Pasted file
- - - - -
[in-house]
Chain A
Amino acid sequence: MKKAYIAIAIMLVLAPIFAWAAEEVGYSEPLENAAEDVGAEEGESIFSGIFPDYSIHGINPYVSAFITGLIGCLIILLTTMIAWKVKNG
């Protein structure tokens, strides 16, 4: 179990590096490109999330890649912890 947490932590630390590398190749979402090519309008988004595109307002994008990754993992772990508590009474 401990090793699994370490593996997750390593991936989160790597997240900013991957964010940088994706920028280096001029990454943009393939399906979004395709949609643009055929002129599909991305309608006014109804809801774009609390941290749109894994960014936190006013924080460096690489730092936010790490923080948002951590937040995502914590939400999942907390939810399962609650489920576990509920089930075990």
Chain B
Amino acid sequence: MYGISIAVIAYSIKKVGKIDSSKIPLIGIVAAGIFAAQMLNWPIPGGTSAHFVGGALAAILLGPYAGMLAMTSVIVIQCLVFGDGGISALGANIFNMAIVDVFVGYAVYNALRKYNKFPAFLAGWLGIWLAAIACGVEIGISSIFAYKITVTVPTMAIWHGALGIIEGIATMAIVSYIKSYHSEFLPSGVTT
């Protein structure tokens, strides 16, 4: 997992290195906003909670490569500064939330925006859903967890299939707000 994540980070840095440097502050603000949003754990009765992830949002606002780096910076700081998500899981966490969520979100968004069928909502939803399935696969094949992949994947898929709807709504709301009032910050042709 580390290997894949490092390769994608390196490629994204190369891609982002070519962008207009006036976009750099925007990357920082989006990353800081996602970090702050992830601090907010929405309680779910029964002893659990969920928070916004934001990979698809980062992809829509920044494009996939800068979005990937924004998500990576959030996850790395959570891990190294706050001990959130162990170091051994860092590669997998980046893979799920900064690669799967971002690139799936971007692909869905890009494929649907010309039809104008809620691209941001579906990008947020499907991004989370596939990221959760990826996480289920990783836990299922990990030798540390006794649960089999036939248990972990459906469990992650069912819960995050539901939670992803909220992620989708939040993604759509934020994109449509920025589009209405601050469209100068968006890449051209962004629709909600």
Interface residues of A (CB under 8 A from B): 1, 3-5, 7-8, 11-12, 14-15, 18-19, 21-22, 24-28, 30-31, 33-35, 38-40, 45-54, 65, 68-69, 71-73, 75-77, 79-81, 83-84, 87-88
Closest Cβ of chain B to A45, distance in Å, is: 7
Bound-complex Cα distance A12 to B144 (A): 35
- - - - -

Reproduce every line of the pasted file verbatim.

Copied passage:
[in-house]
Chain A
Amino acid sequence: MKKAYIAIAIMLVLAPIFAWAAEEVGYSEPLENAAEDVGAEEGESIFSGIFPDYSIHGINPYVSAFITGLIGCLIILLTTMIAWKVKNG
């Protein structure tokens, strides 16, 4: 179990590096490109999330890649912890 947490932590630390590398190749979402090519309008988004595109307002994008990754993992772990508590009474 401990090793699994370490593996997750390593991936989160790597997240900013991957964010940088994706920028280096001029990454943009393939399906979004395709949609643009055929002129599909991305309608006014109804809801774009609390941290749109894994960014936190006013924080460096690489730092936010790490923080948002951590937040995502914590939400999942907390939810399962609650489920576990509920089930075990």
Chain B
Amino acid sequence: MYGISIAVIAYSIKKVGKIDSSKIPLIGIVAAGIFAAQMLNWPIPGGTSAHFVGGALAAILLGPYAGMLAMTSVIVIQCLVFGDGGISALGANIFNMAIVDVFVGYAVYNALRKYNKFPAFLAGWLGIWLAAIACGVEIGISSIFAYKITVTVPTMAIWHGALGIIEGIATMAIVSYIKSYHSEFLPSGVTT
């Protein structure tokens, strides 16, 4: 997992290195906003909670490569500064939330925006859903967890299939707000 994540980070840095440097502050603000949003754990009765992830949002606002780096910076700081998500899981966490969520979100968004069928909502939803399935696969094949992949994947898929709807709504709301009032910050042709 580390290997894949490092390769994608390196490629994204190369891609982002070519962008207009006036976009750099925007990357920082989006990353800081996602970090702050992830601090907010929405309680779910029964002893659990969920928070916004934001990979698809980062992809829509920044494009996939800068979005990937924004998500990576959030996850790395959570891990190294706050001990959130162990170091051994860092590669997998980046893979799920900064690669799967971002690139799936971007692909869905890009494929649907010309039809104008809620691209941001579906990008947020499907991004989370596939990221959760990826996480289920990783836990299922990990030798540390006794649960089999036939248990972990459906469990992650069912819960995050539901939670992803909220992620989708939040993604759509934020994109449509920025589009209405601050469209100068968006890449051209962004629709909600």
Interface residues of A (CB under 8 A from B): 1, 3-5, 7-8, 11-12, 14-15, 18-19, 21-22, 24-28, 30-31, 33-35, 38-40, 45-54, 65, 68-69, 71-73, 75-77, 79-81, 83-84, 87-88
Closest Cβ of chain B to A45, distance in Å, is: 7
Bound-complex Cα distance A12 to B144 (A): 35